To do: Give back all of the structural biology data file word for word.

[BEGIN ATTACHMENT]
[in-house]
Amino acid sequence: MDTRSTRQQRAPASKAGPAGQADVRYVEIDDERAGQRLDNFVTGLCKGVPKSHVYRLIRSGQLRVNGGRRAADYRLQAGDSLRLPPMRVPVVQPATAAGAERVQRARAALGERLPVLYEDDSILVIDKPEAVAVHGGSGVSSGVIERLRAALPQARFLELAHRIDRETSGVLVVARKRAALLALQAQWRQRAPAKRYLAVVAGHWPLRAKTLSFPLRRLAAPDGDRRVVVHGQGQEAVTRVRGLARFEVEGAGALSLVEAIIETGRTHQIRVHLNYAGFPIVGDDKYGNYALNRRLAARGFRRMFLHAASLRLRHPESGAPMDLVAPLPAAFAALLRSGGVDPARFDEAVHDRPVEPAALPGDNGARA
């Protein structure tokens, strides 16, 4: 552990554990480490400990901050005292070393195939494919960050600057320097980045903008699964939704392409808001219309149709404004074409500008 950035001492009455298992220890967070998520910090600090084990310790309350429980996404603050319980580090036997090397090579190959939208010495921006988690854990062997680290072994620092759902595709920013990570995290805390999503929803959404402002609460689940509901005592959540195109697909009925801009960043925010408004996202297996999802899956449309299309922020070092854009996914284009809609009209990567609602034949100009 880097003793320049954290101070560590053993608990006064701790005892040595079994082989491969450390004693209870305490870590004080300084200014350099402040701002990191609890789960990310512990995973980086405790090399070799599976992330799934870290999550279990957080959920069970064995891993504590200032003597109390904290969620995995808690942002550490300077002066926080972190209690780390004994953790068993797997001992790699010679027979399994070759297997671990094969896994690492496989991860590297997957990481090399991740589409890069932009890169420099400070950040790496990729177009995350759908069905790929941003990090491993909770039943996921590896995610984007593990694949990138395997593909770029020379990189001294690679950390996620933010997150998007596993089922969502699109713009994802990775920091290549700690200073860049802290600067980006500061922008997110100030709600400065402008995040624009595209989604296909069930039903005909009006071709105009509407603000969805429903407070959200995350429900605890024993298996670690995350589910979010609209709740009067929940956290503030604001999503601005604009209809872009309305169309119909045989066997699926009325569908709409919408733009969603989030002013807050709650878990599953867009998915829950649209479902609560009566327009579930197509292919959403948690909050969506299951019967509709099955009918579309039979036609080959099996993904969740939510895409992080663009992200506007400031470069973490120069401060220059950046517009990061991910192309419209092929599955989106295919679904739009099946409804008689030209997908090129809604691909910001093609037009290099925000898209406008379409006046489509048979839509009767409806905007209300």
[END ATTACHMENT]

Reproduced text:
[in-house]
Amino acid sequence: MDTRSTRQQRAPASKAGPAGQADVRYVEIDDERAGQRLDNFVTGLCKGVPKSHVYRLIRSGQLRVNGGRRAADYRLQAGDSLRLPPMRVPVVQPATAAGAERVQRARAALGERLPVLYEDDSILVIDKPEAVAVHGGSGVSSGVIERLRAALPQARFLELAHRIDRETSGVLVVARKRAALLALQAQWRQRAPAKRYLAVVAGHWPLRAKTLSFPLRRLAAPDGDRRVVVHGQGQEAVTRVRGLARFEVEGAGALSLVEAIIETGRTHQIRVHLNYAGFPIVGDDKYGNYALNRRLAARGFRRMFLHAASLRLRHPESGAPMDLVAPLPAAFAALLRSGGVDPARFDEAVHDRPVEPAALPGDNGARA
């Protein structure tokens, strides 16, 4: 552990554990480490400990901050005292070393195939494919960050600057320097980045903008699964939704392409808001219309149709404004074409500008 950035001492009455298992220890967070998520910090600090084990310790309350429980996404603050319980580090036997090397090579190959939208010495921006988690854990062997680290072994620092759902595709920013990570995290805390999503929803959404402002609460689940509901005592959540195109697909009925801009960043925010408004996202297996999802899956449309299309922020070092854009996914284009809609009209990567609602034949100009 880097003793320049954290101070560590053993608990006064701790005892040595079994082989491969450390004693209870305490870590004080300084200014350099402040701002990191609890789960990310512990995973980086405790090399070799599976992330799934870290999550279990957080959920069970064995891993504590200032003597109390904290969620995995808690942002550490300077002066926080972190209690780390004994953790068993797997001992790699010679027979399994070759297997671990094969896994690492496989991860590297997957990481090399991740589409890069932009890169420099400070950040790496990729177009995350759908069905790929941003990090491993909770039943996921590896995610984007593990694949990138395997593909770029020379990189001294690679950390996620933010997150998007596993089922969502699109713009994802990775920091290549700690200073860049802290600067980006500061922008997110100030709600400065402008995040624009595209989604296909069930039903005909009006071709105009509407603000969805429903407070959200995350429900605890024993298996670690995350589910979010609209709740009067929940956290503030604001999503601005604009209809872009309305169309119909045989066997699926009325569908709409919408733009969603989030002013807050709650878990599953867009998915829950649209479902609560009566327009579930197509292919959403948690909050969506299951019967509709099955009918579309039979036609080959099996993904969740939510895409992080663009992200506007400031470069973490120069401060220059950046517009990061991910192309419209092929599955989106295919679904739009099946409804008689030209997908090129809604691909910001093609037009290099925000898209406008379409006046489509048979839509009767409806905007209300």